The yield differential between east and west now stands at 618 bp, its highest since early 2006. This is starting to stir some interest, although largely from domestic investors, who have generated a pick up in activity in Turkey and Russia for example. Foreign buyers are still more cautious and where they are looking, they are focussing on the more developed Central European countries, albeit with only Hungary seeing a pick up in activity to date.
Offices have remained the most active market segment, with volumes rising 87% on the quarter to stand at €10.6bn. Industrial activity also rose strongly whilst retail was more stable, largely due to the lack of availability of quality product and the still difficult financing market for larger lots such as shopping centres.
Demand is driven by equity players, be they high net worth individuals or the increasing number of institutional funds back in the market. German institutions and open-ended funds remain the most significant international group in many markets but some opportunity funds are now starting to invest directly as well as in debt and a number of European REITs may soon return to the market after the recapitalisations seen over the past year.
Across Europe, prime rents fell by 7.9%, led by Eastern markets, down by over 29% on average, and by offices and shopping centres more than shops, parks or industrial space. Most notably for offices however, the pace at which rents fell saw an improvement. “With an annualised drop of 3.6% in the third quarter, it seems clear that the rental market saw its weakest moments in the opening quarter – when rents dropped by an annualised 14.1%, reflecting of course the very severe dip seen in the economy at that time. “ said Hutchings. “Better sentiment towards the economy is now clearly being factored into occupier and investor views but the common perception of a 6-12 month lag between an economic recovery and a pick up in the occupational market may be overly simplistic. The Credit Crunch forced companies to cut back and re-organise and hence the adjustment process was already well underway before recession actually hit. As with the property market, some businesses are still being supported by their banks and may fail as soon as the recovery picks up and banks look to recover their loans – but for the corporate sector overall, many businesses are in a stronger position than usual at this stage in the cycle.”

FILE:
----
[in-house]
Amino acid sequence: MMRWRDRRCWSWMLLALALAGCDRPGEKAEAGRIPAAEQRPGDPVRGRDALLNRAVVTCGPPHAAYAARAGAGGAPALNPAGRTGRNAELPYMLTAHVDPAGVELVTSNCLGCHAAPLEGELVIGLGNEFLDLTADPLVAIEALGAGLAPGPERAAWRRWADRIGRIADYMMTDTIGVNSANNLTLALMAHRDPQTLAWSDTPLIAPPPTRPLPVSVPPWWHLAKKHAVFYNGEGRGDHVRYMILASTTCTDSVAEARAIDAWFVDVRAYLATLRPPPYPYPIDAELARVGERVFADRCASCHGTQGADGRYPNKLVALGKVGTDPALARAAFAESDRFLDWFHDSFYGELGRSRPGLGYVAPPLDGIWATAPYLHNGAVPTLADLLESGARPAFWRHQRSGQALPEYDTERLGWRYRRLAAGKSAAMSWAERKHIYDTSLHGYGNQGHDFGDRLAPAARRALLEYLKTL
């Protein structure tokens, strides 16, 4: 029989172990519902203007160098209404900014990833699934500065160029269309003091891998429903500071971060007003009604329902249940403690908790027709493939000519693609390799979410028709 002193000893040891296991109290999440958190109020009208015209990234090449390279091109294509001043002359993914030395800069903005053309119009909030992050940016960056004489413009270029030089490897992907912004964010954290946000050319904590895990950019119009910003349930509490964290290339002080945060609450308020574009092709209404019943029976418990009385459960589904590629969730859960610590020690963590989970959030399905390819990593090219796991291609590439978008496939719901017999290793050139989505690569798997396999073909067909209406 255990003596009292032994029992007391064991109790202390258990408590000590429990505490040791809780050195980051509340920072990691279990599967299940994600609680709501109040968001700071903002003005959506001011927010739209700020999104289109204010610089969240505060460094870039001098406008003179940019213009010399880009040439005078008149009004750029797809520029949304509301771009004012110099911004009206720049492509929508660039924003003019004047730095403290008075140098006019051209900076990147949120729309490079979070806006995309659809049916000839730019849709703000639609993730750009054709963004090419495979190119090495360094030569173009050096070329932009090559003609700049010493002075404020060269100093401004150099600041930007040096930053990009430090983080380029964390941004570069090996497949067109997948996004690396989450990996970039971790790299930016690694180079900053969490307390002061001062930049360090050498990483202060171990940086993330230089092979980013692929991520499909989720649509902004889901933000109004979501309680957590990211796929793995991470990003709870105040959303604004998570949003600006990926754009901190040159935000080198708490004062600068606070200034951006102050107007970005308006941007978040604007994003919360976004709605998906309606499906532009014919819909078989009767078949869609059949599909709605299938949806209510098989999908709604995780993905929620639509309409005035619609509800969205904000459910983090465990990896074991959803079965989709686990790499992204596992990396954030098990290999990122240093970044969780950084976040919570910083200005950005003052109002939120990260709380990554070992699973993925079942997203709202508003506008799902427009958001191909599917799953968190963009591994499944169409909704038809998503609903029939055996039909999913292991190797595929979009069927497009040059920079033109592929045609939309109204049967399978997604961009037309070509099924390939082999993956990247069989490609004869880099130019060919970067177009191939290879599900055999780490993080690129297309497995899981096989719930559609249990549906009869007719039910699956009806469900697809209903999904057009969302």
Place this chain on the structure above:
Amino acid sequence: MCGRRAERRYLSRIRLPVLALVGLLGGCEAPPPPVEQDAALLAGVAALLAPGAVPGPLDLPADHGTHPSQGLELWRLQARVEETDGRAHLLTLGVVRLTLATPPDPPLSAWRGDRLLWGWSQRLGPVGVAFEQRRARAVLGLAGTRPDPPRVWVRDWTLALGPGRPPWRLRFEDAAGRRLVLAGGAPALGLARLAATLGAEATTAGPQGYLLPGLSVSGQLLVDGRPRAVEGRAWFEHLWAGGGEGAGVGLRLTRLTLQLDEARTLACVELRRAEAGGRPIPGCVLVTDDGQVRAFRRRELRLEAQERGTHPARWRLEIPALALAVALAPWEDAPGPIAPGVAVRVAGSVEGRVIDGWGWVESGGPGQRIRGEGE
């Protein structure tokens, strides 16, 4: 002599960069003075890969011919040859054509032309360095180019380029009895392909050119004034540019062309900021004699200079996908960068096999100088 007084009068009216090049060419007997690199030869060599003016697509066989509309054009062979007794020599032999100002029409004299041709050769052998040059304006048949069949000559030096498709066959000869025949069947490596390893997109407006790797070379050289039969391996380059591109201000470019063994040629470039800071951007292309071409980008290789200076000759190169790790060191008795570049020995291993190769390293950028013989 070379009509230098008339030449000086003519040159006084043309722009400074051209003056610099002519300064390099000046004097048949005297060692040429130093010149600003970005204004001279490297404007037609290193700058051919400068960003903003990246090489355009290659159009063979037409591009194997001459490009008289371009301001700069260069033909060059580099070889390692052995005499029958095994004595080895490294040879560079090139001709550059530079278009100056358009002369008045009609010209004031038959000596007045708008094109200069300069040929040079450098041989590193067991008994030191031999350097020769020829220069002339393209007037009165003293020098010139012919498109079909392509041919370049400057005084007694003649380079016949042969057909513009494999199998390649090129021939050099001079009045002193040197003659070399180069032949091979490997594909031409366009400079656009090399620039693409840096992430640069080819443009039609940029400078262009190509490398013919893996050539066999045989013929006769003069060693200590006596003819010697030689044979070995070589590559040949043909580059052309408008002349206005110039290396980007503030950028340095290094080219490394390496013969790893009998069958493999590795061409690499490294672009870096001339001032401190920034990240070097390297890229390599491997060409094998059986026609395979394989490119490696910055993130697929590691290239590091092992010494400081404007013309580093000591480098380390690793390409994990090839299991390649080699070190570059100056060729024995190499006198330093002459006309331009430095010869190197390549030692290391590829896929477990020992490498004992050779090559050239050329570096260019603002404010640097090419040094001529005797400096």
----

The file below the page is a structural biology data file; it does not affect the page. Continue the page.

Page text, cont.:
As a result, while rental growth may not return for some time, activity should pick up more rapidly from the typically depressed levels seen earlier this year. “As soon as the dust starts to settle on the economic collapse, some occupiers will decide the time is right to take advantage of their market strength to secure better accommodation. That is what we are starting to see now” continued Hutchings. “Of course even if take-up picks up, net absorption will remain low and with availability still rising, tenants will have the upper hand for some time. Nonetheless, the availability of grade A space is typically more restricted and will be taken-up first, meaning that the best financial terms on the best properties may not be around for long.”
Commenting on the outlook Rhydderch said, “With more buyers and fewer sellers, its clearly going to be a frustrating market for some and for the best assets, prices can only be expected to harden in the months ahead. In some areas a fall in yields will bring additional stock onto the market and support the rebound in trading volumes. What is not in doubt is property’s appeal in terms of income and its perception as a valid inflation hedge.”
The steady improvement in finance availability is another positive for the outlook meanwhile, with more banks competing to lend at what they see as attractive margins. Their willingness to lend individually or in consortiums for larger lots is also improving. Terms however will remain relatively restrictive and availability limited to better quality property and borrowers.
“Refinancing needs will pose a greater problem for the market than new debt, but this is also set to be a key area of opportunity which will slowly open up as we move through 2010 and more banks decide to release stock. We do not anticipate a flood of property, however, and hence investors may have little option but to adjust their return expectations or take on more risk to generate higher returns.” concluded Rhydderch.